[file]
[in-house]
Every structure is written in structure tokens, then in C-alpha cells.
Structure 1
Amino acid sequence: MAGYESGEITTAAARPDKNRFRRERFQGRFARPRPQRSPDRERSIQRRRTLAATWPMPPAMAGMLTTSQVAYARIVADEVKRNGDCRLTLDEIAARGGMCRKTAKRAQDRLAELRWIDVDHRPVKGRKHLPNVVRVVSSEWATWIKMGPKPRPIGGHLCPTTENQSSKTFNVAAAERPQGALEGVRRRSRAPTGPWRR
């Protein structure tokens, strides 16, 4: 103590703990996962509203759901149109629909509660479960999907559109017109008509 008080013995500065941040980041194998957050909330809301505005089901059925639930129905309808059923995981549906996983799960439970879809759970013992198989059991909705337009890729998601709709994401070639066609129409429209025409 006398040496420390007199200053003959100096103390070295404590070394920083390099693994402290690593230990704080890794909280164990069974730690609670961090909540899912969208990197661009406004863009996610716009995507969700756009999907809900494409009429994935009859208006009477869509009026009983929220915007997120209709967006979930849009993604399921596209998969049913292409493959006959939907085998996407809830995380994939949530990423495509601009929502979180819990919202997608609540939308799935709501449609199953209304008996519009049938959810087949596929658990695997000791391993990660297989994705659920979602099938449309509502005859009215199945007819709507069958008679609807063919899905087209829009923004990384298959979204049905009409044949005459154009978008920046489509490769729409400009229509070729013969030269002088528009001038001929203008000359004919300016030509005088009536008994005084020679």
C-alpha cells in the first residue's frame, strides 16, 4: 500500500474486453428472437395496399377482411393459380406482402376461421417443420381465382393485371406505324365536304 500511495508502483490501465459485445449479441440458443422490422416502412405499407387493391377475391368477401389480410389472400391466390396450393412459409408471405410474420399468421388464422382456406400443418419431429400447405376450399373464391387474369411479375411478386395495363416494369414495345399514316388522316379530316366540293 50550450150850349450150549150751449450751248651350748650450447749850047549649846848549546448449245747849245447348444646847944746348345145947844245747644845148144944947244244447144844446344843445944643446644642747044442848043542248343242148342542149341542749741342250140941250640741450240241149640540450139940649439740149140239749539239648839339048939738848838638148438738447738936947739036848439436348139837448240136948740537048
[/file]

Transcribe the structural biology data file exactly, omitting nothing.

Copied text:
[in-house]
Every structure is written in structure tokens, then in C-alpha cells.
Structure 1
Amino acid sequence: MAGYESGEITTAAARPDKNRFRRERFQGRFARPRPQRSPDRERSIQRRRTLAATWPMPPAMAGMLTTSQVAYARIVADEVKRNGDCRLTLDEIAARGGMCRKTAKRAQDRLAELRWIDVDHRPVKGRKHLPNVVRVVSSEWATWIKMGPKPRPIGGHLCPTTENQSSKTFNVAAAERPQGALEGVRRRSRAPTGPWRR
């Protein structure tokens, strides 16, 4: 103590703990996962509203759901149109629909509660479960999907559109017109008509 008080013995500065941040980041194998957050909330809301505005089901059925639930129905309808059923995981549906996983799960439970879809759970013992198989059991909705337009890729998601709709994401070639066609129409429209025409 006398040496420390007199200053003959100096103390070295404590070394920083390099693994402290690593230990704080890794909280164990069974730690609670961090909540899912969208990197661009406004863009996610716009995507969700756009999907809900494409009429994935009859208006009477869509009026009983929220915007997120209709967006979930849009993604399921596209998969049913292409493959006959939907085998996407809830995380994939949530990423495509601009929502979180819990919202997608609540939308799935709501449609199953209304008996519009049938959810087949596929658990695997000791391993990660297989994705659920979602099938449309509502005859009215199945007819709507069958008679609807063919899905087209829009923004990384298959979204049905009409044949005459154009978008920046489509490769729409400009229509070729013969030269002088528009001038001929203008000359004919300016030509005088009536008994005084020679």
C-alpha cells in the first residue's frame, strides 16, 4: 500500500474486453428472437395496399377482411393459380406482402376461421417443420381465382393485371406505324365536304 500511495508502483490501465459485445449479441440458443422490422416502412405499407387493391377475391368477401389480410389472400391466390396450393412459409408471405410474420399468421388464422382456406400443418419431429400447405376450399373464391387474369411479375411478386395495363416494369414495345399514316388522316379530316366540293 50550450150850349450150549150751449450751248651350748650450447749850047549649846848549546448449245747849245447348444646847944746348345145947844245747644845148144944947244244447144844446344843445944643446644642747044442848043542248343242148342542149341542749741342250140941250640741450240241149640540450139940649439740149140239749539239648839339048939738848838638148438738447738936947739036848439436348139837448240136948740537048